Are you and your direct reports on the same page? Here’s a quick way to find out

In a new post for Fast Company, “Do Your People Really Know What You Expect From Them?,” Ken and Scott Blanchard identify a common pattern at work.

When you first employ people, relationships start off very clear. Both you and the new employees have a clear sense of what they are supposed to do. Over time, however, many work roles begin to evolve into something different based on direction, redirection, praisings, and reprimands. It’s a multi-faceted process that includes where the employee wants to go with their career, how clear the manager has been with spelling out goals, and the type and amount of performance feedback that the employee has been receiving along the way.

Sometimes, managers and direct reports can find themselves in a completely different place from where they first started. Here’s a way to see if that’s happened to you.

Try this test

Take a minute to identify the five things or results, in descending order of importance, that you hold an employee accountable for. List the most important goal as #1, the second most important goal as #2, etc. Now, ask that employee to write down the five things or results he or she feels most accountable for. Don’t reveal your list until the employee is finished writing. Now compare the two lists. To what degree do the two lists match in terms of priority and content? If you are like most companies we work with, you’ll find that the two lists only have about a 20 percent agreement.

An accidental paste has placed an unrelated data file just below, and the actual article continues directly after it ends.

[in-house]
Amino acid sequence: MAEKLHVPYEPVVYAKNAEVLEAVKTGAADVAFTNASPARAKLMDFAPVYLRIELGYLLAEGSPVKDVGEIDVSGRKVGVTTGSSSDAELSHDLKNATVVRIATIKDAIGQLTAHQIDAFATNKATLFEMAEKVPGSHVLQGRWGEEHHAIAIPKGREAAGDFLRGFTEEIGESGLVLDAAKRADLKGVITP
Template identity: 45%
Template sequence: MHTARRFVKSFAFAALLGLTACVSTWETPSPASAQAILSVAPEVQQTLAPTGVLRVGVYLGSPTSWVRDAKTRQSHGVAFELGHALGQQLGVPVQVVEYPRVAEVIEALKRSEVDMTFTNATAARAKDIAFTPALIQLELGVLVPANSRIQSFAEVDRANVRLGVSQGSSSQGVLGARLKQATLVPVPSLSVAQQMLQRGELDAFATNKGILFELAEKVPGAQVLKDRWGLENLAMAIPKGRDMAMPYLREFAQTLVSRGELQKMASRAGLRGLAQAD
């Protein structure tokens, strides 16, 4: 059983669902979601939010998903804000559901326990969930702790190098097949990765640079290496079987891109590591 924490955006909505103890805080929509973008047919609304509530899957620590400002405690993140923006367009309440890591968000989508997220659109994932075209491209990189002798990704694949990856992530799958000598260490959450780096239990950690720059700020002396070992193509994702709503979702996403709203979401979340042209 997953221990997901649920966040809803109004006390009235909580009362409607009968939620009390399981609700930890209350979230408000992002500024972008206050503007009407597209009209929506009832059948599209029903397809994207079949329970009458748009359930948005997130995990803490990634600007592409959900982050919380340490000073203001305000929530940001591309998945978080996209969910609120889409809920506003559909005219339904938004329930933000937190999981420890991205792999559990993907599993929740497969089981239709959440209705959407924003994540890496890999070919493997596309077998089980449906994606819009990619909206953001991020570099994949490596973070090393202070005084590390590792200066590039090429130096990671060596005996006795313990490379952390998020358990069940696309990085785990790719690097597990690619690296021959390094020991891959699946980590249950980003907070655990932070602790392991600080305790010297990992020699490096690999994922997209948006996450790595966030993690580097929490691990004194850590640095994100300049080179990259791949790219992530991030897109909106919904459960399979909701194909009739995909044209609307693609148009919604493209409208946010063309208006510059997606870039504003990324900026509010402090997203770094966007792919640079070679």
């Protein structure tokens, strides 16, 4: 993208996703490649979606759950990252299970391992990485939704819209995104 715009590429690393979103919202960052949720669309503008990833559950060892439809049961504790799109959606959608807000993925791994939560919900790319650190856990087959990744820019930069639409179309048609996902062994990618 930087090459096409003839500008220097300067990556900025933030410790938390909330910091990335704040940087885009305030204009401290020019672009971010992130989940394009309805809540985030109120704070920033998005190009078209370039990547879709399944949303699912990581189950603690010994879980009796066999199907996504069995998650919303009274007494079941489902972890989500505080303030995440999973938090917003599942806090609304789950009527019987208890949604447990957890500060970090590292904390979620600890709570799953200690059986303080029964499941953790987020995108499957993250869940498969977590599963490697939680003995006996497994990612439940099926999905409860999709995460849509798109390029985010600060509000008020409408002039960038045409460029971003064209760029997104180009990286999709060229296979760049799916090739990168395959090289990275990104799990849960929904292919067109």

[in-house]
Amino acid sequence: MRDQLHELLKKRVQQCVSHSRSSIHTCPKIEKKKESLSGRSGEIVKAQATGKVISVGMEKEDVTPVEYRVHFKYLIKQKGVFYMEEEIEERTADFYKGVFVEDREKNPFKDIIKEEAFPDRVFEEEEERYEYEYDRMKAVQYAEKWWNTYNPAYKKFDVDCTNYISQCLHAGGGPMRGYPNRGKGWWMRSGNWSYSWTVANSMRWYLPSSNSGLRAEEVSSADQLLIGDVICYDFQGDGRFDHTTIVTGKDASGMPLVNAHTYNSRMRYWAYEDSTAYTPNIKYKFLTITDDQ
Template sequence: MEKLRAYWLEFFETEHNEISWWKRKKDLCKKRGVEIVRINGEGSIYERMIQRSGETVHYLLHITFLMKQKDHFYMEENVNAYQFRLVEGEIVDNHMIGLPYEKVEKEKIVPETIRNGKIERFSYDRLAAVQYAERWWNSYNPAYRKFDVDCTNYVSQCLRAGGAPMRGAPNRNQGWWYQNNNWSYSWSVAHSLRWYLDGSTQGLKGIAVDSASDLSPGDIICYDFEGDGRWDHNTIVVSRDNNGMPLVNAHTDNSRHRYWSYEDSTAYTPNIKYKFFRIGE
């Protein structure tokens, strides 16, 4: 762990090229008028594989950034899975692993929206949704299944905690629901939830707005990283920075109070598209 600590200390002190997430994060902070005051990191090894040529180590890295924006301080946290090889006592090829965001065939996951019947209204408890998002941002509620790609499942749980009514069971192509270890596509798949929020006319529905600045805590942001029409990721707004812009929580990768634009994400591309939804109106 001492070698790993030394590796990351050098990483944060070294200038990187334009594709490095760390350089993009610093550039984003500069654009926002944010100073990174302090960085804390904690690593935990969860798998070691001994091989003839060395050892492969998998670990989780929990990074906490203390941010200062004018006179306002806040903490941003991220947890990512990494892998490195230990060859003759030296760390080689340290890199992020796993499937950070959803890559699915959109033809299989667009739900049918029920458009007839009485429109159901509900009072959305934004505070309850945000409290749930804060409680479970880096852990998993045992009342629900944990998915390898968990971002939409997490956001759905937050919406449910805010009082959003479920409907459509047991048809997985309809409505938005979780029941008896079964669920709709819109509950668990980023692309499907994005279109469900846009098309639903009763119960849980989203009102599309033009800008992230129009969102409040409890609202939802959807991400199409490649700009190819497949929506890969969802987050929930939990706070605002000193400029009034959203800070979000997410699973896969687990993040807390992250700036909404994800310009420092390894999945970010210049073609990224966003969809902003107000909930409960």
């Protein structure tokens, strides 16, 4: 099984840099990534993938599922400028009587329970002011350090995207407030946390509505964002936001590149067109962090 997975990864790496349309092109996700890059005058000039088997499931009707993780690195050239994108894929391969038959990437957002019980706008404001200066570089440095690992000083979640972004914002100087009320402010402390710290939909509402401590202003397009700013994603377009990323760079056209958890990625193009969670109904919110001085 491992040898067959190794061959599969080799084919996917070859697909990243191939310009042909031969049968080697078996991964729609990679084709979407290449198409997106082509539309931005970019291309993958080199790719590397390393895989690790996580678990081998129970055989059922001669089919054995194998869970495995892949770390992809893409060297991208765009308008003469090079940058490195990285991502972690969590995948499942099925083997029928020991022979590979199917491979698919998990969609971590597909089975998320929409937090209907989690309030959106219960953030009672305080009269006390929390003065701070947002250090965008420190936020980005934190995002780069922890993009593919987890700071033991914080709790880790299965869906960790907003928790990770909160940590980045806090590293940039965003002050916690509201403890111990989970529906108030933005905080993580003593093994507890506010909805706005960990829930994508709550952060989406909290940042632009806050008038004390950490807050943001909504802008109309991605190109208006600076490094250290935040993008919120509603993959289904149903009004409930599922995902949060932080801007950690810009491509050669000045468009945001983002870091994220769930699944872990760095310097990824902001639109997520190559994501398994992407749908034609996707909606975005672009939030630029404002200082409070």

Alignment is key

An aligned purpose and clear expectations are the foundation of an effective work environment. All good performance starts with clear goals. Make sure that your people’s work is on track and on target.

PS: You can read more about Ken and Scott’s thoughts on managing performance—and see all of their previous blog entries at Fast Company, here.

2 thoughts on “Are you and your direct reports on the same page? Here’s a quick way to find out

  1. I love this! It’s like a version of the newlywed game for business. In marriage or business, it’s alignment and trust that fuels the relationship. Great example.

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